Prevalence of β-cell antibodies and associated autoimmune diseases in children and adolescents with type 1 diabetes (T1DM) versus type 2 diabetes (T2DM) in Qatar

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Fawzia Alyafei
Ashraf Soliman
Fawziya Alkhalaf
Aml Sabt
Vincenzo De Sanctis
Nagwa Elsayed
Reem Waseef


type 1 diabetes mellitus, type 2 diabetes, children, adolescents, autoimmune diseases, Qatar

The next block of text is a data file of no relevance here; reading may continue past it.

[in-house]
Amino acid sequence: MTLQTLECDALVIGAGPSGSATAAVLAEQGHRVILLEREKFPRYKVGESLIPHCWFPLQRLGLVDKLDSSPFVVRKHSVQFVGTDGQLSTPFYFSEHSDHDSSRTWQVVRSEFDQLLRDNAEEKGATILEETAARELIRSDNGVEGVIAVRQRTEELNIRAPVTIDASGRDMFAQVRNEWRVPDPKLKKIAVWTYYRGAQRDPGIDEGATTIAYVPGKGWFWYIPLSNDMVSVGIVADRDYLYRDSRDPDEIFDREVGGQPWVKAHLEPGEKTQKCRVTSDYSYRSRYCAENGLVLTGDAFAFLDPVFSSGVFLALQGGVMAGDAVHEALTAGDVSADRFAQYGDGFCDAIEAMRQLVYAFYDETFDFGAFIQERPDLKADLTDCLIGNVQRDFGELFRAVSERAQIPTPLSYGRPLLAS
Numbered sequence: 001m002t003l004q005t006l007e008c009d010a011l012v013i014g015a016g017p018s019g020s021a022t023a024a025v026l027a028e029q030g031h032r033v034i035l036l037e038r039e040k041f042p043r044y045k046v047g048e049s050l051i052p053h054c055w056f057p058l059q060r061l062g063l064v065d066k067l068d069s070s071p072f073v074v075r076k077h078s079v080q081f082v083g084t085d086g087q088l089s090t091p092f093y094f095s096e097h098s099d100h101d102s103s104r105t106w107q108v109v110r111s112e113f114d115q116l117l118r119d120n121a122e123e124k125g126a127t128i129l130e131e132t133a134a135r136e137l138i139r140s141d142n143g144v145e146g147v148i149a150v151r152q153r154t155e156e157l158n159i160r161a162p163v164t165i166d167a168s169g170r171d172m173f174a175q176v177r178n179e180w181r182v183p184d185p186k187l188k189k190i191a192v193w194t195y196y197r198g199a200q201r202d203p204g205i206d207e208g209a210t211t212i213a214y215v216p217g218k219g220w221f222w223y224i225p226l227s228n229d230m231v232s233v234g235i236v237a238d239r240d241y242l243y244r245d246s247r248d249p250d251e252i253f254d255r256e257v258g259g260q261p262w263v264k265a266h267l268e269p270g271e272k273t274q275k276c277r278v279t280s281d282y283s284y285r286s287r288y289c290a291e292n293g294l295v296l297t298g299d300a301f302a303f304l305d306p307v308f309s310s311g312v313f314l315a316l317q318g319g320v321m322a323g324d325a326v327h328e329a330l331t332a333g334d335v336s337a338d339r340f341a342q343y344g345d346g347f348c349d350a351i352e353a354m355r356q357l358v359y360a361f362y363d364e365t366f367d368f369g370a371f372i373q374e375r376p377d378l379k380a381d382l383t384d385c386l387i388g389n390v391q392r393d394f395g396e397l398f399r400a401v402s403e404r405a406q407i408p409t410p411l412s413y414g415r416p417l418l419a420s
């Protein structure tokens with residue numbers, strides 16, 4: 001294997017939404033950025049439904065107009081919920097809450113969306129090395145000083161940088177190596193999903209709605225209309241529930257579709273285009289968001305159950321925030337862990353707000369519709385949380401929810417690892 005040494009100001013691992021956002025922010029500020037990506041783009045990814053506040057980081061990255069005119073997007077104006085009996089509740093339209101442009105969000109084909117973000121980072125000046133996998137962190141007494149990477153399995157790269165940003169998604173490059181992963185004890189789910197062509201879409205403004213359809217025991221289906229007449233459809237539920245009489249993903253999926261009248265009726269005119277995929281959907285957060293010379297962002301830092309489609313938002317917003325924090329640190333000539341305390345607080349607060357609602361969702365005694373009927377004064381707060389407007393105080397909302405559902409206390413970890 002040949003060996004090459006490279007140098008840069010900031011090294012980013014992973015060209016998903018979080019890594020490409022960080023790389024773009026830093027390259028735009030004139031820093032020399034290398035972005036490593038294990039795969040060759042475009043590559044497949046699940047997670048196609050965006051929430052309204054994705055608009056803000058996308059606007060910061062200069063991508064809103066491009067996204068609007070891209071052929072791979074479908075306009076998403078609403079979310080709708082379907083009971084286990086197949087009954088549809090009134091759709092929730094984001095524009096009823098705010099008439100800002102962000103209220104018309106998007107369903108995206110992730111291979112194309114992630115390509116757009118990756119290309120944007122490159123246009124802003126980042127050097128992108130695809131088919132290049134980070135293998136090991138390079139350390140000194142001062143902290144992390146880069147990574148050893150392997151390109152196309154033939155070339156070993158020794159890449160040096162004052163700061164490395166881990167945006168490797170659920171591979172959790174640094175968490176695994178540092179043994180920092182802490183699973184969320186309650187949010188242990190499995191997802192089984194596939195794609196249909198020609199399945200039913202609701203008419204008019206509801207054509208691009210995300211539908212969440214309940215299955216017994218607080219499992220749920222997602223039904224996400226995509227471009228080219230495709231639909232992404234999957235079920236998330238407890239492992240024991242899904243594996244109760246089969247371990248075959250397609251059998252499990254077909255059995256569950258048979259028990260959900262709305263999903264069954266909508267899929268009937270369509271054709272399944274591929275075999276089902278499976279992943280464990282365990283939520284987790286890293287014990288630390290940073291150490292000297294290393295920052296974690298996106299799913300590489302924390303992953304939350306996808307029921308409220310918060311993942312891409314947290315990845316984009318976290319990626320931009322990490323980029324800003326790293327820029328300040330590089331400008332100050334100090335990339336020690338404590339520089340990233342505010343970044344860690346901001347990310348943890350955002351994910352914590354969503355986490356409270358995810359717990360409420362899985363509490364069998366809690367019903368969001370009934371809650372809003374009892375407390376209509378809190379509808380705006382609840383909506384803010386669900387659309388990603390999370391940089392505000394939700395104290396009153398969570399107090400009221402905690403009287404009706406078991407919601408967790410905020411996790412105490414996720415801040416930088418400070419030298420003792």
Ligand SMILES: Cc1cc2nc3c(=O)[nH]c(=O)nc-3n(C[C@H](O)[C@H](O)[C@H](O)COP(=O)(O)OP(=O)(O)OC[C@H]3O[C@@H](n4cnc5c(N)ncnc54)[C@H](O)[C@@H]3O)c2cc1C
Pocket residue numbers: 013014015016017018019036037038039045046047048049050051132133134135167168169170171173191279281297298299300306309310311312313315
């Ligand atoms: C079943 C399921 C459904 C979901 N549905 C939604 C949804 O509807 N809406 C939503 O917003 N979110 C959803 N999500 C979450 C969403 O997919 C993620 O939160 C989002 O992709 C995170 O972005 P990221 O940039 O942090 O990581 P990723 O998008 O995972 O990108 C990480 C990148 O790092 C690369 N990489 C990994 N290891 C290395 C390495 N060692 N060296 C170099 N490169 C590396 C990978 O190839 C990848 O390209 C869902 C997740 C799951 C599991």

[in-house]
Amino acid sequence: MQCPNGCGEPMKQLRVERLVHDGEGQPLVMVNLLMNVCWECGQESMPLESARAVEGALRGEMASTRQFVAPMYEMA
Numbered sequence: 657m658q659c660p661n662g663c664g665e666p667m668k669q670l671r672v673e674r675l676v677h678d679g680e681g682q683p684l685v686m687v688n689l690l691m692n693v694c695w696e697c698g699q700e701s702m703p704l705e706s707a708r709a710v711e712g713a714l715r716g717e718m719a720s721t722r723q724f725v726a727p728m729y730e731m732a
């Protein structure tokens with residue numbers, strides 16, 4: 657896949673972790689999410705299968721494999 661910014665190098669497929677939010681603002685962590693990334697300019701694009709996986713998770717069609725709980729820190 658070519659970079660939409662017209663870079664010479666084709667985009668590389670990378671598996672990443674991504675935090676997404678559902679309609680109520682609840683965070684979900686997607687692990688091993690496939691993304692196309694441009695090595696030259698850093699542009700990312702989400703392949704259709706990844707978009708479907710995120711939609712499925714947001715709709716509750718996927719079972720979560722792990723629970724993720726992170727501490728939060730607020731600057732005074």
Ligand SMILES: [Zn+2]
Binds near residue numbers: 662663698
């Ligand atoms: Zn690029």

Introduction: Type 1 diabetes mellitus (T1DM) is an autoimmune disease with the development of abnormal immune responses to specific β-cell autoantigens in addition to other organ-specific autoimmunity. The most frequent associated disorders are thyroid dysfunctions and celiac disease. There are limited studies in the current literature on the prevalence of associated autoimmunity, especially multiple, in children and adolescents with T1DM and Type 2 diabetes mellitus (T2DM). Objectives: The aim of the present study was to determine the prevalence of autoantibodies and thyroid dysfunctions in a cohort of children and adolescents (aged 0.5-16 years) with T1DM living in Qatar. Research design and methods: The records of all children and adolescents attending the Pediatric Diabetes Center of Hamad Medical Center, for the past 5 years (from January 2012 to December 2016), were reviewed and all clinical and biochemical data, including β-cell autoimmunity [anti-glutamic acid decarboxylase (GAD) antibodies, anti-islet cell and anti-insulin antibodies (IAA)], thyroid function (Free thyroxine: FT4 and thyroid-stimulating hormone: TSH), anti-thyroid peroxidase antibodies (TPO) and anti-tissue transglutaminase (ATT) were collected at their first presentation (cross-sectional study). Data for patients with T1DM (n=431) and T2DM (n=59) were recorded analyzed and the prevalence calculated and compared with other studies. Results: The prevalence of anti-GAD antibodies was 75.5 % in T1DM and 29.3% in T2DM. Anti β-islet antibodies (Ab) were detected in 53.4% of T1DM and 29.4% of T2DM. Anti-insulin Ab were detected in 40.4% of T1DM and 58.3% of T2DM. The three antibodies together were detected in 18.4 % of T1DM and none of T2DM. At presentation, hypothyroidism (FT4 <11.5 pmol/L) was detected in 10.6% of T1DM and 10% of T2DM.  Subclinical hypothyroidism was diagnosed in 3.5% of T1DM and 8% of T2DM. High anti TPO was detected in 27.2% of T1DM and 34.6% of T2DM. High TPO with normal thyroid function were found in 22.7% of T1DM and 23.1% of T2DM. ATT IgA was high in 5% of T1DM and 8.7% of T2DM whereas ATT IgG was high in 4.4 % of T1DM and not detected in any patient with T2DM. Mucosal biopsy proved celiac disease in 9 out of 12 patients (75%) with positive ATT IgA and IgG antibodies. Conclusions: Qatar has a relatively high incidence of T1DM compared to incidences reported worldwide. The incidence increased over the period 2012-2015.  We report a high prevalence of associated autoimmune abnormalities in our patients with T1DM and T2DM. These data strengthen the argument for routine screening of all children and adolescents with T1DM and T2DM for other autoimmune disorders, particularly the thyroid gland.




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